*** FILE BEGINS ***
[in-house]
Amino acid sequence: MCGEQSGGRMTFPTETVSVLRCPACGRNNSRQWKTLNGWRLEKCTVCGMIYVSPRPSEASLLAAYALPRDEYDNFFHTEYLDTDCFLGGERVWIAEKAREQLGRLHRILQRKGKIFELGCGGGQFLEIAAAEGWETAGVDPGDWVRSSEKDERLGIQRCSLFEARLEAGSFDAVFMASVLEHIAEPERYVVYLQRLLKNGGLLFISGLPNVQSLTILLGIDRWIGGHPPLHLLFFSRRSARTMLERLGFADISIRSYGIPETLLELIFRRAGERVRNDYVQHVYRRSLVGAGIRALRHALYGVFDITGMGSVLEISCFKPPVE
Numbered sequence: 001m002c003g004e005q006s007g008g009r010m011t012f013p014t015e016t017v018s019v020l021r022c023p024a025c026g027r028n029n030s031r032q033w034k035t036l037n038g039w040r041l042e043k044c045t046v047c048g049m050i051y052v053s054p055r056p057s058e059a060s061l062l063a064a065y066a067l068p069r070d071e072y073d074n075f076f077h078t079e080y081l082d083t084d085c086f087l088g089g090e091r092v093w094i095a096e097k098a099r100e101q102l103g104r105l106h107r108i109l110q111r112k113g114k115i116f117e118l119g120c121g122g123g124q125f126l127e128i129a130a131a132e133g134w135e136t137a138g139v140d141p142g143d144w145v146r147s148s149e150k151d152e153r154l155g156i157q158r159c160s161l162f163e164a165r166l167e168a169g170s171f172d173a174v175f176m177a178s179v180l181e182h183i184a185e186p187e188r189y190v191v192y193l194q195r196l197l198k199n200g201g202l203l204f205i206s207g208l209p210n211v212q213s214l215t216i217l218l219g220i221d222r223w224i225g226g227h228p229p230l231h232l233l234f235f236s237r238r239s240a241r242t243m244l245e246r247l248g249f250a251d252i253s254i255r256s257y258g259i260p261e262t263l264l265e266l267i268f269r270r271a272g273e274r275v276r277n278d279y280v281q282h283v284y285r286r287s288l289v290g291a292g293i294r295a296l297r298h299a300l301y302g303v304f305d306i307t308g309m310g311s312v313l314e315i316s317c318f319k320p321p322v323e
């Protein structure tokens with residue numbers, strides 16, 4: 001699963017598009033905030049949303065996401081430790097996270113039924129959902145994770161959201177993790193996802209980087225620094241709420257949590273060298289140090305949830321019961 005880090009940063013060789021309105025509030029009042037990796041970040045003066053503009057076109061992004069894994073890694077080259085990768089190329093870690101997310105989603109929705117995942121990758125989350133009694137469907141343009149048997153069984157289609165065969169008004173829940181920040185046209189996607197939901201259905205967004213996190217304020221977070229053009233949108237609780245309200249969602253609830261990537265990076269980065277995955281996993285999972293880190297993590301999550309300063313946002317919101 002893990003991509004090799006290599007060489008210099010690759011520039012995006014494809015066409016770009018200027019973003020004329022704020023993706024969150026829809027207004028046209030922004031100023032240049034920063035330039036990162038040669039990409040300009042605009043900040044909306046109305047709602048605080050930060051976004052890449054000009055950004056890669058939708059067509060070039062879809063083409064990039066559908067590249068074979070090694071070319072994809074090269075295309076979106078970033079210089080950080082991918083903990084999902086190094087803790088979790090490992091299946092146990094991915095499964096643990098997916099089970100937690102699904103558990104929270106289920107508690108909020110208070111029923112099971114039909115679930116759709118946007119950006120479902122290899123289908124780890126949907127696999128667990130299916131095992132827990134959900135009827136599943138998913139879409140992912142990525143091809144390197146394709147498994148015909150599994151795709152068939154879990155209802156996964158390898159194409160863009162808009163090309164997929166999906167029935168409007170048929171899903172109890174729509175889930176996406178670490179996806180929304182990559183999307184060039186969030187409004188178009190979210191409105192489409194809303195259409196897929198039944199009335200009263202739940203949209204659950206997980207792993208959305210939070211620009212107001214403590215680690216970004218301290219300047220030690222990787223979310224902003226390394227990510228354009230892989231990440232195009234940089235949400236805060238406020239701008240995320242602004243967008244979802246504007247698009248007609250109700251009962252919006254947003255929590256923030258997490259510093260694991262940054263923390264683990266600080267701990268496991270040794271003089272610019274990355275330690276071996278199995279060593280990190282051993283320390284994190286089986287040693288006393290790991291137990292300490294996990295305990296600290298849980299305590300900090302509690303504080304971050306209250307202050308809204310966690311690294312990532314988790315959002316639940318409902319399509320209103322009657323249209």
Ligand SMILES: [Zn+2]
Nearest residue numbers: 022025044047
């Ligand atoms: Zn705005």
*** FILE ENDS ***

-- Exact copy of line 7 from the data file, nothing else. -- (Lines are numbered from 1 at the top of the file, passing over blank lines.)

């Ligand atoms: Zn705005």